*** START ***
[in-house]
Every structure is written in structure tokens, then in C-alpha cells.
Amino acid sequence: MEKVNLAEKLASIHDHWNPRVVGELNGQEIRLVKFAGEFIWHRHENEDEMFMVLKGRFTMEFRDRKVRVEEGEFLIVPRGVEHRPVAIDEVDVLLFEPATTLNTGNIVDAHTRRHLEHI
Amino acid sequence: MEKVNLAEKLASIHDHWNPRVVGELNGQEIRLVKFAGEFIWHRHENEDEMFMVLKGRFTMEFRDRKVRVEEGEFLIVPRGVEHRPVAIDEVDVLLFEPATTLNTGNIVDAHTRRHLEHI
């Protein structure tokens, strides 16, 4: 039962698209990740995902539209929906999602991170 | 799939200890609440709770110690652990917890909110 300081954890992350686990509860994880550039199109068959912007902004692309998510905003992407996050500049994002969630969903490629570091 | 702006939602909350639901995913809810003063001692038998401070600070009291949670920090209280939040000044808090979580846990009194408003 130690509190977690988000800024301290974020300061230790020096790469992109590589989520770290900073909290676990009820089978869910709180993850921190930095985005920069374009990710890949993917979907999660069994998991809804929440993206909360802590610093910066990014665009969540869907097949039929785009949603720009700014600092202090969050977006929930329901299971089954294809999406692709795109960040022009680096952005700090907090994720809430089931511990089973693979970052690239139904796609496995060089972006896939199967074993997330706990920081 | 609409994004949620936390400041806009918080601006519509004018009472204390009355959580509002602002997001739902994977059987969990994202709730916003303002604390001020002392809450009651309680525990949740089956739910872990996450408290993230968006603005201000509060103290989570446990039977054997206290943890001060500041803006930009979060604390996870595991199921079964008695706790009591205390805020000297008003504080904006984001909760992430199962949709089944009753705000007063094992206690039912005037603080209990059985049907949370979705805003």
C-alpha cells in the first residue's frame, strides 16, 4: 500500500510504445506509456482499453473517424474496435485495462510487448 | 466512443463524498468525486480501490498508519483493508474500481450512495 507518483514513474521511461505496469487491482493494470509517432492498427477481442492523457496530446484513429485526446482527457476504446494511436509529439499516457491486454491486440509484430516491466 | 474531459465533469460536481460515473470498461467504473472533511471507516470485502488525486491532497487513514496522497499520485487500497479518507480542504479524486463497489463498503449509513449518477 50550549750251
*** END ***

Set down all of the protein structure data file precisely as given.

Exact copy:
[in-house]
Every structure is written in structure tokens, then in C-alpha cells.
Amino acid sequence: MEKVNLAEKLASIHDHWNPRVVGELNGQEIRLVKFAGEFIWHRHENEDEMFMVLKGRFTMEFRDRKVRVEEGEFLIVPRGVEHRPVAIDEVDVLLFEPATTLNTGNIVDAHTRRHLEHI
Amino acid sequence: MEKVNLAEKLASIHDHWNPRVVGELNGQEIRLVKFAGEFIWHRHENEDEMFMVLKGRFTMEFRDRKVRVEEGEFLIVPRGVEHRPVAIDEVDVLLFEPATTLNTGNIVDAHTRRHLEHI
């Protein structure tokens, strides 16, 4: 039962698209990740995902539209929906999602991170 | 799939200890609440709770110690652990917890909110 300081954890992350686990509860994880550039199109068959912007902004692309998510905003992407996050500049994002969630969903490629570091 | 702006939602909350639901995913809810003063001692038998401070600070009291949670920090209280939040000044808090979580846990009194408003 130690509190977690988000800024301290974020300061230790020096790469992109590589989520770290900073909290676990009820089978869910709180993850921190930095985005920069374009990710890949993917979907999660069994998991809804929440993206909360802590610093910066990014665009969540869907097949039929785009949603720009700014600092202090969050977006929930329901299971089954294809999406692709795109960040022009680096952005700090907090994720809430089931511990089973693979970052690239139904796609496995060089972006896939199967074993997330706990920081 | 609409994004949620936390400041806009918080601006519509004018009472204390009355959580509002602002997001739902994977059987969990994202709730916003303002604390001020002392809450009651309680525990949740089956739910872990996450408290993230968006603005201000509060103290989570446990039977054997206290943890001060500041803006930009979060604390996870595991199921079964008695706790009591205390805020000297008003504080904006984001909760992430199962949709089944009753705000007063094992206690039912005037603080209990059985049907949370979705805003």
C-alpha cells in the first residue's frame, strides 16, 4: 500500500510504445506509456482499453473517424474496435485495462510487448 | 466512443463524498468525486480501490498508519483493508474500481450512495 507518483514513474521511461505496469487491482493494470509517432492498427477481442492523457496530446484513429485526446482527457476504446494511436509529439499516457491486454491486440509484430516491466 | 474531459465533469460536481460515473470498461467504473472533511471507516470485502488525486491532497487513514496522497499520485487500497479518507480542504479524486463497489463498503449509513449518477 50550549750251